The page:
Therefore, we sinners saved by grace and immersed in the likeness of Christ’s death and resurrection, do hereby unite in church fellowship so that as a holy brother-hood we may advocate the truth of God, proclaiming the riches of His sovereign mercy to the lost and perishing, and by counsel and sympathy help one another in the Christ-like life. We solemnly undertake by the Spirit’s help, to bear one another’s burdens and in the exercise of a tender-hearted, tolerant, forgiving spirit to avoid everything of harsh and ungenerous criticism, recognising each other as fellow members of that mystical body of which our Saviour is the head. We seek to maintain in basic simplicity, the purity of worship and communion, regarding it as an essential feature in the teaching of our Lord; who said the redeemed souls should walk in newness of life and holy separation from the world. While loving all Christians and permitting to the Lord’s table only those whose sins are forgiven through the blood of Jesus Christ and whose lives are in harmony with that great truth, yet we cannot admit into church membership any unbaptised believer. We desire to live in love and harmony with all followers of our Lord, and hope that the establishment of this church may be alone to the furtherance of His glory, the edification of His dear people, the salvation of the lost and the overthrow of unholiness and error. Looking to God alone for strength and blessing, we pledge ourselves to work together, each according to his or her ability for the attainment of these objectives in love and brotherhood. While desiring to extend to all believers the fullest and freest liberty of conscience, we yet expect from all who join our fellowship an adherence to the following doctrines…
The purpose of the church is to obey the Great Commission of Jesus Christ in the evangelising of unbelievers in order to make disciples and see them edified in the context of a local church. Our goals are as follows:
We desire as individuals and as a Church to seek God’s glory in all we do. (1 Cor. 10:31; Romans 11:36; Eph. 3:10)
We place the sufficient Christ of the Gospel at the centre of all our thinking, speaking, and acting, endeavouring to imitate Him as the shape of our holiness. (Romans 8:29; 1 Cor. 2:2)
Because of our continuing indwelling sin and human feebleness, we depend in all things upon God’s Spirit in prayer for grace to enable our obedience where God commands. (Phil. 2:12-13; 1 Cor. 15:10)
We desire to base all that we do and believe on the inerrant 66 books of the Bible and to preach that Word expositorily for the feeding of God’s flock. (2 Tim. 3:16-17; Matt. 4:4; 2; Tim. 4:2)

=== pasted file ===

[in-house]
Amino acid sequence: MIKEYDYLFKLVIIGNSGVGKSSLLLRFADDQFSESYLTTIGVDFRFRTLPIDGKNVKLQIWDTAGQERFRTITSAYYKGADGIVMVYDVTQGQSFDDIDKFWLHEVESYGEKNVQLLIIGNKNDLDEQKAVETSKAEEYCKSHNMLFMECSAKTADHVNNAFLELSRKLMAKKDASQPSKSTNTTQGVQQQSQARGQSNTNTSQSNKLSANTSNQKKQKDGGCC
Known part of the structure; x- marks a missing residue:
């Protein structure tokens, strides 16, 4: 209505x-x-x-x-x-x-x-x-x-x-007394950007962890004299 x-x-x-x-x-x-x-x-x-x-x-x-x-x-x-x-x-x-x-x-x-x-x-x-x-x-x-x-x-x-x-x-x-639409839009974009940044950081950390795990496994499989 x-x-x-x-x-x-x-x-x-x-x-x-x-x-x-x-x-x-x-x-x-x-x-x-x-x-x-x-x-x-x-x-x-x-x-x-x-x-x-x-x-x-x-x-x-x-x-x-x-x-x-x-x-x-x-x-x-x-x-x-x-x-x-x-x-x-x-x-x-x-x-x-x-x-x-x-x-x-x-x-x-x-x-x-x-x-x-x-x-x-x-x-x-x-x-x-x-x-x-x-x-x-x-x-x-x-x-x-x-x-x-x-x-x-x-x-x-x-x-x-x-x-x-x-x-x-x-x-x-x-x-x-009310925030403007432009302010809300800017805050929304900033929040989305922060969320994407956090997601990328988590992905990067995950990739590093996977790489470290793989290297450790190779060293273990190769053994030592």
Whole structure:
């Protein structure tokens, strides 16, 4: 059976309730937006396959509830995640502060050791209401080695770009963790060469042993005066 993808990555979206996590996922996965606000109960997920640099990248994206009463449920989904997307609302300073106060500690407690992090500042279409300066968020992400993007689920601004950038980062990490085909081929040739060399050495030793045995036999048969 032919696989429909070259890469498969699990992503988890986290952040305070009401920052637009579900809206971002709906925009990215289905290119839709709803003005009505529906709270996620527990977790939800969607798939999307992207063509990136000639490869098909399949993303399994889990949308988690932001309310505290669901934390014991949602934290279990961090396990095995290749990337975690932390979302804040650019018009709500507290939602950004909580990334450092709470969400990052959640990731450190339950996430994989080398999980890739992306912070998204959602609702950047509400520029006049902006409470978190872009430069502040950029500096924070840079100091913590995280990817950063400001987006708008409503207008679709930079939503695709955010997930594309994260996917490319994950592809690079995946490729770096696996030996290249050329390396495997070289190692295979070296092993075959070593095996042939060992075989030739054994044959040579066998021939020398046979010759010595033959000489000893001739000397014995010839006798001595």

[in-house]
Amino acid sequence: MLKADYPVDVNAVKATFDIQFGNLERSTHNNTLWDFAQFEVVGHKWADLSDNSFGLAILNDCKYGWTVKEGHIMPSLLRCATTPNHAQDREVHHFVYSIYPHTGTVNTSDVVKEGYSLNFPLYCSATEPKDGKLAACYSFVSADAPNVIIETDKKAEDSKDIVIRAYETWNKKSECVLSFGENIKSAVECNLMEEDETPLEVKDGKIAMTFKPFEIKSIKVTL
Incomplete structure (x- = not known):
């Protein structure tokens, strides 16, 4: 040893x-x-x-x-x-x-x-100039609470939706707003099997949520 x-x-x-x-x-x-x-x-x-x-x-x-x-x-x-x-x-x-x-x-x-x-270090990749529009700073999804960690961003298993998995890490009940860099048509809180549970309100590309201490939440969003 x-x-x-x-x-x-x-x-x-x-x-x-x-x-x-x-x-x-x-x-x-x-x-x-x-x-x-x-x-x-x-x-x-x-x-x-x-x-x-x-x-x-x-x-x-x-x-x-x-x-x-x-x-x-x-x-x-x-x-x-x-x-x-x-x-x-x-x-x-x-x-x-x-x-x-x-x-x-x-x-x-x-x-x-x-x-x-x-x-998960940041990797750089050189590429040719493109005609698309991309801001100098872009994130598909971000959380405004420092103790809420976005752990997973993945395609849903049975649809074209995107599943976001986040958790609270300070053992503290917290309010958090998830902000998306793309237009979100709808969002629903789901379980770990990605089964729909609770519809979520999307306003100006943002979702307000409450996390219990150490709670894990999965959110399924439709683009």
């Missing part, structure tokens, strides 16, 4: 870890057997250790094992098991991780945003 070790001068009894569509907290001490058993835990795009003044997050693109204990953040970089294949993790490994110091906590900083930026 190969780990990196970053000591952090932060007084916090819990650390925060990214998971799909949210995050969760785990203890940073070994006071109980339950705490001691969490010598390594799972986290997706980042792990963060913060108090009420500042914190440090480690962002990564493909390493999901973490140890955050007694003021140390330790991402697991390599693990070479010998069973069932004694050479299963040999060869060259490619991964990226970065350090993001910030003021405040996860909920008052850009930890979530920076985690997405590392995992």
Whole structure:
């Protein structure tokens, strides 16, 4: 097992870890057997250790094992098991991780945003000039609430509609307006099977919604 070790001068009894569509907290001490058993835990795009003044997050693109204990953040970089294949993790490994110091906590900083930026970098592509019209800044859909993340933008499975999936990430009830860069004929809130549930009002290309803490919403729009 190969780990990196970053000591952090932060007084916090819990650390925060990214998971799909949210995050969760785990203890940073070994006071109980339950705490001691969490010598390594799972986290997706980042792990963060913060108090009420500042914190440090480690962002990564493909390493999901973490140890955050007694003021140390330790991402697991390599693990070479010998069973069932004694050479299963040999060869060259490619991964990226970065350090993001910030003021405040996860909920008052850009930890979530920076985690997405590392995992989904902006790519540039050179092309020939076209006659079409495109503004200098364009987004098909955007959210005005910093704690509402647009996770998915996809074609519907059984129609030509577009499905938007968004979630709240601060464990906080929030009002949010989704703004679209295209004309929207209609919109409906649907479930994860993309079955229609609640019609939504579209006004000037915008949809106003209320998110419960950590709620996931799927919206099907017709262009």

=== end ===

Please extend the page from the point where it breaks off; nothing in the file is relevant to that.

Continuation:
We want to utilise the rich deposits of God’s grace given to the church throughout the ages in the various universal Christian Creeds (Apostle’s; Nicean; Chalcedonian), seeing especially the 1689 Baptist Confession of Faith as a fallible but representative summary of the system of doctrine taught in Scripture. (Prov. 11:14; Eph. 4:11-13)
We submit to God’s will for the local church, uniting together in committed, loving fellowship to minister to God in combined worship, to each other with the spiritual gifts given for edification, and to the world in faithful witness. (1 Pet. 2:9; 1 Cor. 12:7; Matt. 28:18-20)
We desire to uphold God’s will for the family, both in the home and the church, teaching male headship, encouraging and equipping parents to teach their children biblical truth, providing age specific ministry, and a family oriented worship service. (Eph. 5:21-6:4)
We are committed to fulfilling the Great commission both locally and abroad, with an emphasis on church planting and unreached people groups. (Acts 1:8; Romans 15:21)
We desire to make the eternal truths of God’s word and the gospel relevant in our 21st century New Zealand context, communicating and contextualising them without compromise. (1 Cor. 9:19-22)
Nick was born in Scotland, was raised in South Africa, lived a few years on the island of Saint Helena, and has been at Covenant Grace since 2010. He's married to Lynn, and has two teenage boys, Caleb and Aaron.
Rene was born and bred in Timaru, and has attended Covenant Grace since his teenage years. He's a stone mason by trade, is married to Bronwyn, and has three grown children, Jesse, Sam, and Hannah.
Graham grew up in Christchurch, and has lived in Timaru since 2007. He's worked as a software design engineer and website developer, and has been married to Liz since 1997. They have ten chickens, and half a dozen sheep.